(Evidently I've spent too long using an 8-bit AVR processor. `:P`)

<s>`uint32_t` may work better, I'd have to double check.</s>
Edit: I checked. The code produced is the same size exactly so the compiler doesn't care, it most likely optimises to the best case either way.

I haven't actually got `lcdRectangle` working on hardware either way yet.
I believe there need to be a few things in place before the lcd- functions work

[quote="FManga, post:8, topic:1020"]
Personally I'd switch everything to int32.
[/quote]

Depends whether we're allowed to break the public facing API or not.

I'd certainly err on the side of `uint32_t` in the latter parts either way because I find unsigned operations sometimes produce smaller code (e.g. `> 0` only has to check the zero bit instead of the zero bit and the sign bit), and they're certainly easier to contemplate because they have less rules to worry about (like the `5 * -5` case).

Really I'd prefer an `x,y,w,h` function to an `x0,y0,x1,y1` function.
It would even be possible to forward the latter to the former.

#10

Letting the call do the narrowing sounds safer, to me. If the function signature is ever changed to int32, there would be no surprises.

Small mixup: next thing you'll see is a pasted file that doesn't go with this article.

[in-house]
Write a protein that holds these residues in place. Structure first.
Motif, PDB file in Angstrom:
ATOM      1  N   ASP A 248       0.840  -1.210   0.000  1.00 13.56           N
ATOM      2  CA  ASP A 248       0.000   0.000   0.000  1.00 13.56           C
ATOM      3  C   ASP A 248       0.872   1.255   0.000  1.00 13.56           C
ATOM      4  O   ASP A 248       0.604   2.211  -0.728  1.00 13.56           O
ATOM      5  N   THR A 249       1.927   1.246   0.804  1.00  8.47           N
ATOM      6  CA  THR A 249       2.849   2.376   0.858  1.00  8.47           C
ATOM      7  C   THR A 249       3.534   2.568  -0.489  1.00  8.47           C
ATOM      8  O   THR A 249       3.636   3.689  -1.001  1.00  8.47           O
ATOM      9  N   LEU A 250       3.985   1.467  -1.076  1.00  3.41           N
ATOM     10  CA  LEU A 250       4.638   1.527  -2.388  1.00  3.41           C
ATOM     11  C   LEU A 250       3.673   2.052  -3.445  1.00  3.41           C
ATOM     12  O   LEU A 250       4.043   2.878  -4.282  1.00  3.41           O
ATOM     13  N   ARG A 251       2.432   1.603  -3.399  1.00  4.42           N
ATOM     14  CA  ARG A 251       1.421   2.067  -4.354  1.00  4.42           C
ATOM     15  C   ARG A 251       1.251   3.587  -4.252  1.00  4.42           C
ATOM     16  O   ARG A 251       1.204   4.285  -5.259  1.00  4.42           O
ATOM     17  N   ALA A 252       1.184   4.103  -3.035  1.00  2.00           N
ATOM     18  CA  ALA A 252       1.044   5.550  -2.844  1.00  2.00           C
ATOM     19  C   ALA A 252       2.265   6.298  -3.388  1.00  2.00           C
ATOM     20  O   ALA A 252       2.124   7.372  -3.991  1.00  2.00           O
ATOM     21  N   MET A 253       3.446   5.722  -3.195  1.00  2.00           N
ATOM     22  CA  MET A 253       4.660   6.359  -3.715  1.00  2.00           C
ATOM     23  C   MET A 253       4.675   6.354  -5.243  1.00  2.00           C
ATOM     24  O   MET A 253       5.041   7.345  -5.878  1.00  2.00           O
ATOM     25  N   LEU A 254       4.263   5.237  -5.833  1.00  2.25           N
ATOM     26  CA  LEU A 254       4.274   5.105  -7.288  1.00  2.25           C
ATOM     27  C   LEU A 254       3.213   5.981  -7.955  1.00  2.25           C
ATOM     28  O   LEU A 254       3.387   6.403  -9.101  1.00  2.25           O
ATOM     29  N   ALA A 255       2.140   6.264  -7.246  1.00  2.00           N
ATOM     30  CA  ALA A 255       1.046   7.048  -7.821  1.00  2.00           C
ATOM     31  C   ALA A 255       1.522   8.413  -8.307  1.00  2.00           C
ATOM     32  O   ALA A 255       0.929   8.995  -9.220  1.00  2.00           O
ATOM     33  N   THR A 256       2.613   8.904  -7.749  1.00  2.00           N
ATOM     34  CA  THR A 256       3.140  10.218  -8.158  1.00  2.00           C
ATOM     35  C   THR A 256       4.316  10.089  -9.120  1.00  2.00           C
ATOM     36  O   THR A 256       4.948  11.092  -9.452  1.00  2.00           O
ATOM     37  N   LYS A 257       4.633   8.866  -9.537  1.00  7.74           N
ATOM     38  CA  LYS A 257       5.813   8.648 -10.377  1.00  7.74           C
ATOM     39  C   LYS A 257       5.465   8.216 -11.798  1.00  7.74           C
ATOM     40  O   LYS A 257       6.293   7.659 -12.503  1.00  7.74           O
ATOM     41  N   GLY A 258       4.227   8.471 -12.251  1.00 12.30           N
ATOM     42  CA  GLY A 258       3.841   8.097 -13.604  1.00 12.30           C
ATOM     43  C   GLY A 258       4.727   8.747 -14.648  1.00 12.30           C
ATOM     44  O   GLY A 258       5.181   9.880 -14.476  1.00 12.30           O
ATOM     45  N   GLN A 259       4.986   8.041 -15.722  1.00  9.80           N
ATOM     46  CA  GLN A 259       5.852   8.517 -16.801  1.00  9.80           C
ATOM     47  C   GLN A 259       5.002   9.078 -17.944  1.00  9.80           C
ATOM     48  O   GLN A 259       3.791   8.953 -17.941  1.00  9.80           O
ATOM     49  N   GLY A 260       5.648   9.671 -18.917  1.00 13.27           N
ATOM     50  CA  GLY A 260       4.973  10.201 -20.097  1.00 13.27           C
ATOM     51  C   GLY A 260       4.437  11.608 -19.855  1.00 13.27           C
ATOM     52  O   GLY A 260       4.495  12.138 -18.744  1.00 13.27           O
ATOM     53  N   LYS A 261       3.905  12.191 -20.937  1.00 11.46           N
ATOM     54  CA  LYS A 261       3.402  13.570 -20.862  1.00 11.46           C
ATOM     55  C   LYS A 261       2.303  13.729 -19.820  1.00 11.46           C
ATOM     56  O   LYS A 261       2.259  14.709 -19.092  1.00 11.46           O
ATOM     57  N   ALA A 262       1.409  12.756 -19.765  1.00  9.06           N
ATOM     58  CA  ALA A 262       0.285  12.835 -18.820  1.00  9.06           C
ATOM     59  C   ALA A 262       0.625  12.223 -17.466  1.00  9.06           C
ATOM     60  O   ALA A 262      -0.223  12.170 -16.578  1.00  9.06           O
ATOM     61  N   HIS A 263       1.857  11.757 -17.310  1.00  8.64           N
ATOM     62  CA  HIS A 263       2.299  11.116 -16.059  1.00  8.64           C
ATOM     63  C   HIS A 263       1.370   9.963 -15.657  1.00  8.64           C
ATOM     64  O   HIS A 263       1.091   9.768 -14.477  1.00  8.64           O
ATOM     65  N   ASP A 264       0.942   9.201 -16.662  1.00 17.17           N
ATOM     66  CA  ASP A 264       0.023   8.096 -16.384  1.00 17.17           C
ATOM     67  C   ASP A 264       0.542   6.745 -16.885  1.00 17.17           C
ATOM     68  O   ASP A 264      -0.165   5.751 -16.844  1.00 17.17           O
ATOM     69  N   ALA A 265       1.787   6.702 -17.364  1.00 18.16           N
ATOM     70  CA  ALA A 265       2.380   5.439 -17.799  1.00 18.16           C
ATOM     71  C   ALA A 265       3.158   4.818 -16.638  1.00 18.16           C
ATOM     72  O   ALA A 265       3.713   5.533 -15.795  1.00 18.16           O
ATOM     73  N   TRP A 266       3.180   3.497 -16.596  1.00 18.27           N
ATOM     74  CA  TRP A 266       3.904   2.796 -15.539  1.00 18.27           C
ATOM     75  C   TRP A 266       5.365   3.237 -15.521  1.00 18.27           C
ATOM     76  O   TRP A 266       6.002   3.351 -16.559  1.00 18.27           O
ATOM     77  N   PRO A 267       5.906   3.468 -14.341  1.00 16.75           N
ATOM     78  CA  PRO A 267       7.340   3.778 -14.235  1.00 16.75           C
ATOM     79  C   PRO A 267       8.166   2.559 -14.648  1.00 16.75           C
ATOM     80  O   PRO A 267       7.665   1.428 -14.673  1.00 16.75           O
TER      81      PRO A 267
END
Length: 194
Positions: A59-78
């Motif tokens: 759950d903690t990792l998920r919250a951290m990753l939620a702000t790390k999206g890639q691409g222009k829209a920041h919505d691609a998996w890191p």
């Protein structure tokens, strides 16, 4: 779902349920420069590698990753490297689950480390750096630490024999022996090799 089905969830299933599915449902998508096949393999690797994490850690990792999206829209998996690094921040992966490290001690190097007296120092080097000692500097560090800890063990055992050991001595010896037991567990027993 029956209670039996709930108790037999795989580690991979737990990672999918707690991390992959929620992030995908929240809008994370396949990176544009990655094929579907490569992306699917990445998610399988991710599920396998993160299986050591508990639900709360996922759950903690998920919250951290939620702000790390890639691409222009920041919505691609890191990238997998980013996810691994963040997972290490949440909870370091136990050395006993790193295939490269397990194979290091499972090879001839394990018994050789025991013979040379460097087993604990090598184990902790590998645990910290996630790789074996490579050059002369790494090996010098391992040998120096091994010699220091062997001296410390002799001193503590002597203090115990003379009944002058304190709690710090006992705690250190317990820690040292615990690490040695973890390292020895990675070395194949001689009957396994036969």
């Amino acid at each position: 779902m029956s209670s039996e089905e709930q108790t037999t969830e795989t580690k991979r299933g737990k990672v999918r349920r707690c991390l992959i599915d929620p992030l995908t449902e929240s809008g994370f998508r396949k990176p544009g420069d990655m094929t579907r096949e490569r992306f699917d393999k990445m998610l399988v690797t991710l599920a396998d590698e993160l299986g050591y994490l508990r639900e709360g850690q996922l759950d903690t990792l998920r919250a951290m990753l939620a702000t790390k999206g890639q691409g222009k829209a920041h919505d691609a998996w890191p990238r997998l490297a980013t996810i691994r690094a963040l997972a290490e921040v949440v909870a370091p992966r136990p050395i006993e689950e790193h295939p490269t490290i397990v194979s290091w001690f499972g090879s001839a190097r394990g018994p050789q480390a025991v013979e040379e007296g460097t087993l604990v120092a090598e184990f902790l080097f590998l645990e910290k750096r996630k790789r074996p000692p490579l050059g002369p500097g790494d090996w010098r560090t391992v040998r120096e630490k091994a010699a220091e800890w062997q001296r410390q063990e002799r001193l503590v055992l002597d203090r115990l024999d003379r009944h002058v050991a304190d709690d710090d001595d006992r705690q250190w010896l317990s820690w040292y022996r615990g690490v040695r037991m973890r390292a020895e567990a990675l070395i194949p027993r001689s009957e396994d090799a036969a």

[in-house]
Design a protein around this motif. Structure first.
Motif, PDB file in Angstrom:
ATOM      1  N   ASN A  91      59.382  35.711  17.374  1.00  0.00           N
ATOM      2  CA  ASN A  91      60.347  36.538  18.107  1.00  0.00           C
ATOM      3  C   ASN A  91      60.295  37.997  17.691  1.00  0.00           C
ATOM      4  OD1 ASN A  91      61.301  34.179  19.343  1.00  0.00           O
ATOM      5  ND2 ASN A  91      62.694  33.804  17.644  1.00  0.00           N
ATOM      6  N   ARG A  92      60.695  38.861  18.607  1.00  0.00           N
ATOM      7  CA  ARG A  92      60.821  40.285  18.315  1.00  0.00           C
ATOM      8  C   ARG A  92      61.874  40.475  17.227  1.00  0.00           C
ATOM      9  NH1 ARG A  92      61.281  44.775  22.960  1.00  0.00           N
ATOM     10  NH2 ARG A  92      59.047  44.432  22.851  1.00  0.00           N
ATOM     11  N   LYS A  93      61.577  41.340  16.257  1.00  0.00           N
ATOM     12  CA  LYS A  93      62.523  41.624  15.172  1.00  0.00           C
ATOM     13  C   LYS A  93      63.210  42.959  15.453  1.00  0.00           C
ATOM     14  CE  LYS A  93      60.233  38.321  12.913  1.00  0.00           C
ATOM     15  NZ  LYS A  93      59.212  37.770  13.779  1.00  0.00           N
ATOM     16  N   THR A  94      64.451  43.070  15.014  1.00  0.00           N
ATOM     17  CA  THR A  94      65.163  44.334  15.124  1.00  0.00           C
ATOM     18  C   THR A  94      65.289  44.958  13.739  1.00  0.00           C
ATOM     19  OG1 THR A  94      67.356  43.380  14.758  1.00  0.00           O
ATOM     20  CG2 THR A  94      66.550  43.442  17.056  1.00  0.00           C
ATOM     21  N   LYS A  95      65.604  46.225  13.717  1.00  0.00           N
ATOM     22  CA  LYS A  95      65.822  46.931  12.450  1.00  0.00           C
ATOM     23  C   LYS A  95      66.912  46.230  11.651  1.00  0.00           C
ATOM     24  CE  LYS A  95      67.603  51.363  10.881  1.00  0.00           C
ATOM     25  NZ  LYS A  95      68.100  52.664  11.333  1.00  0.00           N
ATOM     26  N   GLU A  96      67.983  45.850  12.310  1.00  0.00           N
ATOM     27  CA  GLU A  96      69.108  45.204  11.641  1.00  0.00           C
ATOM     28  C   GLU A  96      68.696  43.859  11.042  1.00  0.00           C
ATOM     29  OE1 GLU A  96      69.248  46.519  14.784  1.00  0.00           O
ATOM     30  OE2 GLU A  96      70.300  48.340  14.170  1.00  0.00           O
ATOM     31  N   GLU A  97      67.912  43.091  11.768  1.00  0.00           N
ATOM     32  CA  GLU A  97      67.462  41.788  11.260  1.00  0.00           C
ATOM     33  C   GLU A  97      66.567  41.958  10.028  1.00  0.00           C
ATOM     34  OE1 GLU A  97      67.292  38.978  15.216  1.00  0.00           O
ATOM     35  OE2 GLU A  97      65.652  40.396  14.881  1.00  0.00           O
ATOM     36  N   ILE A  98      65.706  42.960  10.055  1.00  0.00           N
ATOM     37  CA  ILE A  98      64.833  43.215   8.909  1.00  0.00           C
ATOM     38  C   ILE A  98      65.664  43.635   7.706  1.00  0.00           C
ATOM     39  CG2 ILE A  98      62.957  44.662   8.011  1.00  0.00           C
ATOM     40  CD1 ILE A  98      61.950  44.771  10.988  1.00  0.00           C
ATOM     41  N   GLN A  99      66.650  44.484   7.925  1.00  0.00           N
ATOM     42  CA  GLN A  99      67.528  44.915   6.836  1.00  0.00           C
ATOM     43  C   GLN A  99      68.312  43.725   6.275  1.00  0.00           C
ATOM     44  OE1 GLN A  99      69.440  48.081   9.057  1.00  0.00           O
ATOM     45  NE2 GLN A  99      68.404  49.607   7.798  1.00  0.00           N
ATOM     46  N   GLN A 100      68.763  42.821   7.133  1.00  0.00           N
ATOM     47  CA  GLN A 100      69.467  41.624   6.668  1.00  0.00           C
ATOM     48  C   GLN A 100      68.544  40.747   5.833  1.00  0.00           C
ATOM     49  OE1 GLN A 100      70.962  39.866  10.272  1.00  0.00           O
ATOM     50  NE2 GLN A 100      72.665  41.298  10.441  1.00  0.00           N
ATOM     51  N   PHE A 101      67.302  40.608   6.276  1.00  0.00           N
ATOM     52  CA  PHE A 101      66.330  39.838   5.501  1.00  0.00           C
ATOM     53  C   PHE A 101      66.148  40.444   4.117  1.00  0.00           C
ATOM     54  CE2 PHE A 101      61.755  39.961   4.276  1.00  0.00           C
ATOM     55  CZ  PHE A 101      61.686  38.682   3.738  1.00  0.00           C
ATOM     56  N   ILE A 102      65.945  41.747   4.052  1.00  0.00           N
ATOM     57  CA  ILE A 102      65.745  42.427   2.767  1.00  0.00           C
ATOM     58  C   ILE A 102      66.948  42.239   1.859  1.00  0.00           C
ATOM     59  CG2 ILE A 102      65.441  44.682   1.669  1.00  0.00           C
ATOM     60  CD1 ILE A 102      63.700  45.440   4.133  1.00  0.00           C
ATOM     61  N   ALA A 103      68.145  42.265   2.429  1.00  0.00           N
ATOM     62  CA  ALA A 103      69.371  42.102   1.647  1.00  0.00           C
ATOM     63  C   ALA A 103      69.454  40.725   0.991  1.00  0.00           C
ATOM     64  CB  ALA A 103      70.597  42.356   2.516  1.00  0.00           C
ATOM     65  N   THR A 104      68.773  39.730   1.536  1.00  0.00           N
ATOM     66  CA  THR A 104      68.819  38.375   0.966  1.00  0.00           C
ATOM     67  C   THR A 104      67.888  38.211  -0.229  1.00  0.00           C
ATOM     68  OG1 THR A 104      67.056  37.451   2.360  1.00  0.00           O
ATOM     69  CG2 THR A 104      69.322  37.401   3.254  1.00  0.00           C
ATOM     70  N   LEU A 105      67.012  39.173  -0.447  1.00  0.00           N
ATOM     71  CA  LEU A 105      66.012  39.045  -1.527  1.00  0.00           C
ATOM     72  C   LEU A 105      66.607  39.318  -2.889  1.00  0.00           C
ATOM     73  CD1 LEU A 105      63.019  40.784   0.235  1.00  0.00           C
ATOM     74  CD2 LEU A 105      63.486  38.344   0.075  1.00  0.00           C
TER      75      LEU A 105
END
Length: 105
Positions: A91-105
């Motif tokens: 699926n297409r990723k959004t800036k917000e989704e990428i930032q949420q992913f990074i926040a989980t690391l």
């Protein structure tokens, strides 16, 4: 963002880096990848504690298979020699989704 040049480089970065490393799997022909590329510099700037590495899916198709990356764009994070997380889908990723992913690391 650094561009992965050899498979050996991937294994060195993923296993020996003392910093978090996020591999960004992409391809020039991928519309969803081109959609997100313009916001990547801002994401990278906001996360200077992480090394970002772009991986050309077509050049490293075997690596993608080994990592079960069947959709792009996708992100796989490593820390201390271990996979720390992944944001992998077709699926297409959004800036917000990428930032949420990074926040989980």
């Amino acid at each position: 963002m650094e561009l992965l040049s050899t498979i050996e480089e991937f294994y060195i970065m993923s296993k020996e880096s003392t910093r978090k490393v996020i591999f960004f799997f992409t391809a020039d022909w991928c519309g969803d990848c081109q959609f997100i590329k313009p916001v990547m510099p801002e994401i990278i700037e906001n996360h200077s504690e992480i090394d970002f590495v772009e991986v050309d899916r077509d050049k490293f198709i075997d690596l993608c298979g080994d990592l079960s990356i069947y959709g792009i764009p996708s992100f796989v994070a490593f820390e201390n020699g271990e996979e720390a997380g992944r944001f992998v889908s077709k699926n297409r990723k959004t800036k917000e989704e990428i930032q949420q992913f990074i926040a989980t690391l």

On the other hand, I’ve been writing/reading too much javascript and assembly lately and the weird mix is affecting my C++ (the bool is a lie!)

I’d be surprised if sign/unsigned checks makes a size difference on ARM.
One is a CMP+BGT and the other is CMP+BHI.


#11

Perhaps, but only if it changes.
I’m used to public APIs being fairly set in stone, or overloads being offered rather than deprecating overloads that still work, so I’d rather wait until the verdict is out on which practice the Pokitto lib opts for.

I really have spent too long working with AVR chips.
I’m not used to having all these luxuries.


#12

No, other than the fact that the ancestor of PokittoLib ran on an atmega328

You’re 100% right about the 32-bitness

Fortunately, moving from int/uint16 to 32 should be fairly easy to test/fix.


#13

Ah, I didn’t know about that. Makes sense now. :slight_smile:


#14

One possible advantage came to mind when using 16-bit parameters or other variables. The optimizer could use a 32-bit register to store two 16-bit values.(or 4 8-bit values) and avoid using ram . Without a data cache in the processor it is quite costly to read/write to ram. Thought, I do not have any evidence that optimizer actually would do it…